If you’ve ever owned a houseplant or have been in a nursery or greenhouse, chances are you’ve seen fungus gnats. These small flies (1/16 to 1/8 inches) infest topsoil, potting soil, and other sources of organic decomposition.1 Adults are unable to fly long distances, leaving them to remain on top of the soil and plants leaves. Contrary to popular belief, adult fungus gnats are relatively harmless. They consume only water during their 7-10 day life span.2
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What are fungus gnats and where do they come from?
Gnats are attracted to two things: light and water. Moist soil is the optimal location for adult females to lay their eggs. A full generation of gnats can be produced in as little as 17 days and often includes generation overlap.1 When breeding is not controlled, fungus gnats can quickly become a major annoyance. Gnat larvae are usually located within the top 2 to 3 inches of any growing medium and primarily feed on fungi, algae, and decaying plant matter.
Larvae may become destructive if organic matter is minimal or overpopulation increases competition for food. They turn to roots and stems, leading to damaged plants or death in seedlings.1 Yellowing of leaves and leaf loss may be an indication of fungus gnat overgrowth. Larvae are also attracted to developing callus’ or directly planted cuttings delaying route production.3
At typical room temperature, the lifecycle of fungus gnats can be completed in three to four weeks.2 Greenhouse growers and individuals who start seeds indoors are the primary victims of gnat overpopulation.
Growing conditions are best when temperatures are between 65 F to 75 F, the optimal temperatures for gnat reproduction. Decreased watering and allowing the soil to dry between watering is the best practice for reducing numbers. After three days, most adults will die due to lack of water and larvae will be left without a moist environment to grow.2
How to reduce and remove infestations
Biological insecticides such as neem oil and pyrethrins require repeat applications and are not recommended for fungus gnat management.2 Incompletely composted organic matter contain gnat larvae and are seen as the primary culprit for major infestations. Improved drainage, cleaning up spilled soil, and placing compost piles away from greenhouses eliminates breeding ground opportunities.
Organic control is possible with the use of three products.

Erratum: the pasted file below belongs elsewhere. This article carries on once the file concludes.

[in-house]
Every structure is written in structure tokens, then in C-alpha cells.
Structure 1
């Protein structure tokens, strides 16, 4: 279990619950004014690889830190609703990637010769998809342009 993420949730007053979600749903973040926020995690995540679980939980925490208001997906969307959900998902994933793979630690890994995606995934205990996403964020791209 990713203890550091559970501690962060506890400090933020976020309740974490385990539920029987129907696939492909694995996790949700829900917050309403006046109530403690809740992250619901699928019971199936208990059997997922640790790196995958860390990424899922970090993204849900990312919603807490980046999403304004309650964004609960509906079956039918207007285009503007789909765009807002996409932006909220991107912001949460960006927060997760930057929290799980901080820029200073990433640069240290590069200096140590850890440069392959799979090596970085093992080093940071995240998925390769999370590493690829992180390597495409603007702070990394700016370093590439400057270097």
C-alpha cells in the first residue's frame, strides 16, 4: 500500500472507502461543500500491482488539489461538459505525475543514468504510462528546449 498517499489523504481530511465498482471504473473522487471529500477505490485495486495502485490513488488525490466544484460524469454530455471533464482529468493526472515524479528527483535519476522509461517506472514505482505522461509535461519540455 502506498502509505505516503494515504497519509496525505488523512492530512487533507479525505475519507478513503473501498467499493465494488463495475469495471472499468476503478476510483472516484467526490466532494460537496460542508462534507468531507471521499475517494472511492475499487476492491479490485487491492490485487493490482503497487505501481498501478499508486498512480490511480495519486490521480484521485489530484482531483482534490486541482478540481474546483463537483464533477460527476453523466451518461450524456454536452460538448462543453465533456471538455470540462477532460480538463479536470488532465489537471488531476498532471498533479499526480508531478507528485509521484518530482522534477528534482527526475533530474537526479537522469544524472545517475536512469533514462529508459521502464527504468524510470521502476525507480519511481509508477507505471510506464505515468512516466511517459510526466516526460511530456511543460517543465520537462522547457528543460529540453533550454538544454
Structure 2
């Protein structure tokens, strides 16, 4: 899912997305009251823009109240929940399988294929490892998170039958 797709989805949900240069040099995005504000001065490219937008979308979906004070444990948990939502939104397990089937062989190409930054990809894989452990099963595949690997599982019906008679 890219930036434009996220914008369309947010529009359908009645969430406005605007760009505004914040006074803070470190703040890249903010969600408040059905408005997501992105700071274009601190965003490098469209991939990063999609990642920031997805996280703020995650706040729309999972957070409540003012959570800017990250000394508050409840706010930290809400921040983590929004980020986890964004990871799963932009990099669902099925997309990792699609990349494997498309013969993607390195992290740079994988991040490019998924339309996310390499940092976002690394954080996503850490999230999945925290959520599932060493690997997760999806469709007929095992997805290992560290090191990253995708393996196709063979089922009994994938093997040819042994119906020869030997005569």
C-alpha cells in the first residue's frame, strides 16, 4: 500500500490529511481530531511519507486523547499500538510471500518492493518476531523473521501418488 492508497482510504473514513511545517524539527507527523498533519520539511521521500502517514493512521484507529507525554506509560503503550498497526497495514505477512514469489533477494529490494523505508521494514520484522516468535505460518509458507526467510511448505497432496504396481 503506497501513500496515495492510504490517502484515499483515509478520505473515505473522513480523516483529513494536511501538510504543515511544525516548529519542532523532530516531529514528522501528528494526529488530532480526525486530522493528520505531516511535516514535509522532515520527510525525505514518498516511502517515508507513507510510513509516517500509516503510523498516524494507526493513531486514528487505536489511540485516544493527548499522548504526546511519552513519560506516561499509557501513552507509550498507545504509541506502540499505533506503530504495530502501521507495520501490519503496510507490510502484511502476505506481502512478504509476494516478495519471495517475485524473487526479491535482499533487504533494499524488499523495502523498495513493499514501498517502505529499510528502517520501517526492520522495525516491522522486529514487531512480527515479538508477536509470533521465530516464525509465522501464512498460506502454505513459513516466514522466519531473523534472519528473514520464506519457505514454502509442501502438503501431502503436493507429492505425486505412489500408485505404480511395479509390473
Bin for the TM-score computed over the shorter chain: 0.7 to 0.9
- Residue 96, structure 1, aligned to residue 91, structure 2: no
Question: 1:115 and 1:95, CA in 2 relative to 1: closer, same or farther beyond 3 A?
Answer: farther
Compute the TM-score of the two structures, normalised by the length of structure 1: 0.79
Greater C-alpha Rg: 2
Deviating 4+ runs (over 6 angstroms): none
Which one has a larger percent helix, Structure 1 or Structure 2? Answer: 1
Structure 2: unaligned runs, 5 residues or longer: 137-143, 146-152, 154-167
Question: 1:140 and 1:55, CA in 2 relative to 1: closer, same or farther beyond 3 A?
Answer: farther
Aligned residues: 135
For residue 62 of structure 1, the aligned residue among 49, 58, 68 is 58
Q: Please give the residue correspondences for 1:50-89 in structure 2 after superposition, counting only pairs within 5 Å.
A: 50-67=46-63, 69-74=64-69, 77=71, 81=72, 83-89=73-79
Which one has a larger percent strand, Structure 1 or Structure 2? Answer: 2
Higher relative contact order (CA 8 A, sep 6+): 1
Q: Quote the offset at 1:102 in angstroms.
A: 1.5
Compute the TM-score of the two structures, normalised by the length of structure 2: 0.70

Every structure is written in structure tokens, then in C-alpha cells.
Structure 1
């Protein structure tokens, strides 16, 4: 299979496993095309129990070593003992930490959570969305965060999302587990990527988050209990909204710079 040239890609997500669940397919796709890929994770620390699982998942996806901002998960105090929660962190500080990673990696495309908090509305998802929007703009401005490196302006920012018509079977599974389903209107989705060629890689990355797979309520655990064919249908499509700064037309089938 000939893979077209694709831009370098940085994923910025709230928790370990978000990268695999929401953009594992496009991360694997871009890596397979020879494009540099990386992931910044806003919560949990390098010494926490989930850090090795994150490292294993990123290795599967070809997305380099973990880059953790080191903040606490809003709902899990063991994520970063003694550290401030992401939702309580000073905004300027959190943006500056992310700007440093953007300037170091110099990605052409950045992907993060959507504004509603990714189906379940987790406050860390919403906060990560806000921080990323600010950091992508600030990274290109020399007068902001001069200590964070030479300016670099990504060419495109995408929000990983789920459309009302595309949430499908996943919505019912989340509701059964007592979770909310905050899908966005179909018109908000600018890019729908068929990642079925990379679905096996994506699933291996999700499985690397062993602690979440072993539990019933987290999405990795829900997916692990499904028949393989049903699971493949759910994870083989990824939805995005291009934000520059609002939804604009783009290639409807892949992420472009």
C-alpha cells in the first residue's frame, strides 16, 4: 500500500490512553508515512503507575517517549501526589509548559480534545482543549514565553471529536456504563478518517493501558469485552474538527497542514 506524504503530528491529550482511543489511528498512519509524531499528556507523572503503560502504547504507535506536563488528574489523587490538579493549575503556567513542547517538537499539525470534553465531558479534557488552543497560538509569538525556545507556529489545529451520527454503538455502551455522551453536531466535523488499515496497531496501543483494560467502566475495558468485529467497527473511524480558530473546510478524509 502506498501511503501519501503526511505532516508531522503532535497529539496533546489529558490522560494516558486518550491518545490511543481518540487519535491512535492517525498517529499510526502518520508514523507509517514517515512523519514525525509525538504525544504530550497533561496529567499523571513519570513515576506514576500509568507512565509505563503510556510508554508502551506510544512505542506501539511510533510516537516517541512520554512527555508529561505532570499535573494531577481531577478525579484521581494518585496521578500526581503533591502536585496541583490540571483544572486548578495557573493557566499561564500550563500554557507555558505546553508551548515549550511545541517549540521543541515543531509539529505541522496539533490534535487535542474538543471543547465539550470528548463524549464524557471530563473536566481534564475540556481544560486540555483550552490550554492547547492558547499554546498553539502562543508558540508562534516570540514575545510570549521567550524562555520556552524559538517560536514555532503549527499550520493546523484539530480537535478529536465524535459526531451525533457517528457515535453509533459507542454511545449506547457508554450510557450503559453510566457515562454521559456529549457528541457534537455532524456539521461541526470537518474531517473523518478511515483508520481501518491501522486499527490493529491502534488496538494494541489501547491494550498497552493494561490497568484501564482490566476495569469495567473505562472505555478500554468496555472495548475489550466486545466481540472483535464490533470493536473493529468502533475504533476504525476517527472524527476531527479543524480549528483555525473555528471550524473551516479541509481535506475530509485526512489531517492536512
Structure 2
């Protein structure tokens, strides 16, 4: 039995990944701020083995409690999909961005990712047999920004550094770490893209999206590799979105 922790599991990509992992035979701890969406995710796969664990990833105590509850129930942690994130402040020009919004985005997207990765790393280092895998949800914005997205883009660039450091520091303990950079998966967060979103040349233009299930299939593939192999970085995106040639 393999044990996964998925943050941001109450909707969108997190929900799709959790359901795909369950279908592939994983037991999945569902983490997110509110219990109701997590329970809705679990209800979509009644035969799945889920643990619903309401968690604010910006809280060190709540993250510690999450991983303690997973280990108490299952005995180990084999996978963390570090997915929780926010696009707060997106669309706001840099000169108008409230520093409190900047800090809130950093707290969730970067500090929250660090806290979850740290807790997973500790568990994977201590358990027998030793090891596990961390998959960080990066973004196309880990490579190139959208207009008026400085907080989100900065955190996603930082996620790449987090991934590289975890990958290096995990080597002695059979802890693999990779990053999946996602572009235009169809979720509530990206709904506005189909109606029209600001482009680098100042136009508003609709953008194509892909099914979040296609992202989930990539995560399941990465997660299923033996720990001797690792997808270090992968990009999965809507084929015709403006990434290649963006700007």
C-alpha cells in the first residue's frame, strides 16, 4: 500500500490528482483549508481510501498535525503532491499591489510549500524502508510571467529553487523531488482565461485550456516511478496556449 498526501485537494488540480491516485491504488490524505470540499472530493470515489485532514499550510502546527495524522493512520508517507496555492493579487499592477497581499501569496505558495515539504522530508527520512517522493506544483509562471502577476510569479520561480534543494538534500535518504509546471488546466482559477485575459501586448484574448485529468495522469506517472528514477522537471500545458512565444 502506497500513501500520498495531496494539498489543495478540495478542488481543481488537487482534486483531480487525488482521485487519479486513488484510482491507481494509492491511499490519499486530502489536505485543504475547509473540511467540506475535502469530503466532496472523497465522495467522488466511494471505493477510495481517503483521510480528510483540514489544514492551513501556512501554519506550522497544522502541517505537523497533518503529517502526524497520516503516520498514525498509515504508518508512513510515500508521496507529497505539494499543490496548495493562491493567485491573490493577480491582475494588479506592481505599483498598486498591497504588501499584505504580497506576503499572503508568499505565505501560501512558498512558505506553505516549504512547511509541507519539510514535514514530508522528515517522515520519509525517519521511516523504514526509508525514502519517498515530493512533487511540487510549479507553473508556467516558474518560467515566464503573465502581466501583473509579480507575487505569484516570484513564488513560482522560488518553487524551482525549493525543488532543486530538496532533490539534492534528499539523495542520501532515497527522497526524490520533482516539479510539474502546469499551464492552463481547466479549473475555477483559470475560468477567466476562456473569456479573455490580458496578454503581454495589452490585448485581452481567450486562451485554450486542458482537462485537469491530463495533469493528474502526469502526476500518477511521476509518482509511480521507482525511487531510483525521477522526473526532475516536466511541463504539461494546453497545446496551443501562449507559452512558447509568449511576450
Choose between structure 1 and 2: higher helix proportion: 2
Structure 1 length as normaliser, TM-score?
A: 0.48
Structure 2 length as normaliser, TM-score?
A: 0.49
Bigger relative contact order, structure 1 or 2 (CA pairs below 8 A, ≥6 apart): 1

Yellow sticky cards, often seen at nurseries and greenhouses, is the simplest control option. They also can help attract and reduce other harmful insects.
Diatomaceous earth is beneficial for moisture and insect control. Fossilized diatoms (microalgae) allow for separation of different soil components, increases the speed of drying. Insect control is obtained by diatomaceous earth cutting through insect exoskeletons and rapidly drying them. Since diatoms are primarily silica, they are undigestible and harmless to humans and animals.
The most effective method of fungus gnat eradication is the application of nematodes. Nematodes are microscopic roundworms that enter fungus gnat larvae. Creating a drench for application to any growing medium results in larvae death in as little as three days.2
Ensuring the health of plants and seedlings begins with the control of fungus gnats. Learning how to control and eliminate infestations results in intuitive water management practices, making growing and maintaining plants successful.
1. Bethke, J. A., & Dreistadt, S. H. (2005, May 20). Fungus Gnats Management Guidelines–UC IPM. Retrieved from http://ipm.ucanr.edu/PMG/PESTNOTES/pn7448.html
2. Cransaw, W. S., & Cloyd, R. A. (2003, March). Fungus Gnats as Houseplant and Indoor Pests – 5.584 – Extension. Retrieved from https://extension.colostate.edu/topic-areas/insects/fungus-gnats-as-houseplant-and-indoor-pests-5-584/
3. Pundt, L. (1999). Fungus Gnats – CT Integrated Pest Management Program. Retrieved from http://ipm.uconn.edu/documents/raw2/Fungus%20Gnats/Fungus%20Gnats.php?aid=207